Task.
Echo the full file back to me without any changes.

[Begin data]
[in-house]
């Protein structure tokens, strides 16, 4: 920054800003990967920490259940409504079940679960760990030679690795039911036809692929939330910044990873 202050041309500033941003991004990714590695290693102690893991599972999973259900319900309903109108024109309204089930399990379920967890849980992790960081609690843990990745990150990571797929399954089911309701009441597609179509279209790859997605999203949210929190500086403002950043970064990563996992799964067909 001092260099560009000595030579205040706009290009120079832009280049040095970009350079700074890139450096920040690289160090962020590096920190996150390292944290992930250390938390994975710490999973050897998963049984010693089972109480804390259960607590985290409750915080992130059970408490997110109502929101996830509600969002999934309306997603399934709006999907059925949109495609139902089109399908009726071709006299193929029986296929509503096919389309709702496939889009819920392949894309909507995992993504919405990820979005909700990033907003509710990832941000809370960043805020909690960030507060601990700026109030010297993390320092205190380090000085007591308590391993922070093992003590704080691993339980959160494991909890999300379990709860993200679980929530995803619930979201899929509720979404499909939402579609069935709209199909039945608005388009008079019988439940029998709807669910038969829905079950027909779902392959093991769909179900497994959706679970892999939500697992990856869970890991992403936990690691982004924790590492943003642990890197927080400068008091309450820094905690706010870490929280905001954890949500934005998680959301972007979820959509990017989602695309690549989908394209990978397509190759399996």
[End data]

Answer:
[in-house]
């Protein structure tokens, strides 16, 4: 920054800003990967920490259940409504079940679960760990030679690795039911036809692929939330910044990873 202050041309500033941003991004990714590695290693102690893991599972999973259900319900309903109108024109309204089930399990379920967890849980992790960081609690843990990745990150990571797929399954089911309701009441597609179509279209790859997605999203949210929190500086403002950043970064990563996992799964067909 001092260099560009000595030579205040706009290009120079832009280049040095970009350079700074890139450096920040690289160090962020590096920190996150390292944290992930250390938390994975710490999973050897998963049984010693089972109480804390259960607590985290409750915080992130059970408490997110109502929101996830509600969002999934309306997603399934709006999907059925949109495609139902089109399908009726071709006299193929029986296929509503096919389309709702496939889009819920392949894309909507995992993504919405990820979005909700990033907003509710990832941000809370960043805020909690960030507060601990700026109030010297993390320092205190380090000085007591308590391993922070093992003590704080691993339980959160494991909890999300379990709860993200679980929530995803619930979201899929509720979404499909939402579609069935709209199909039945608005388009008079019988439940029998709807669910038969829905079950027909779902392959093991769909179900497994959706679970892999939500697992990856869970890991992403936990690691982004924790590492943003642990890197927080400068008091309450820094905690706010870490929280905001954890949500934005998680959301972007979820959509990017989602695309690549989908394209990978397509190759399996």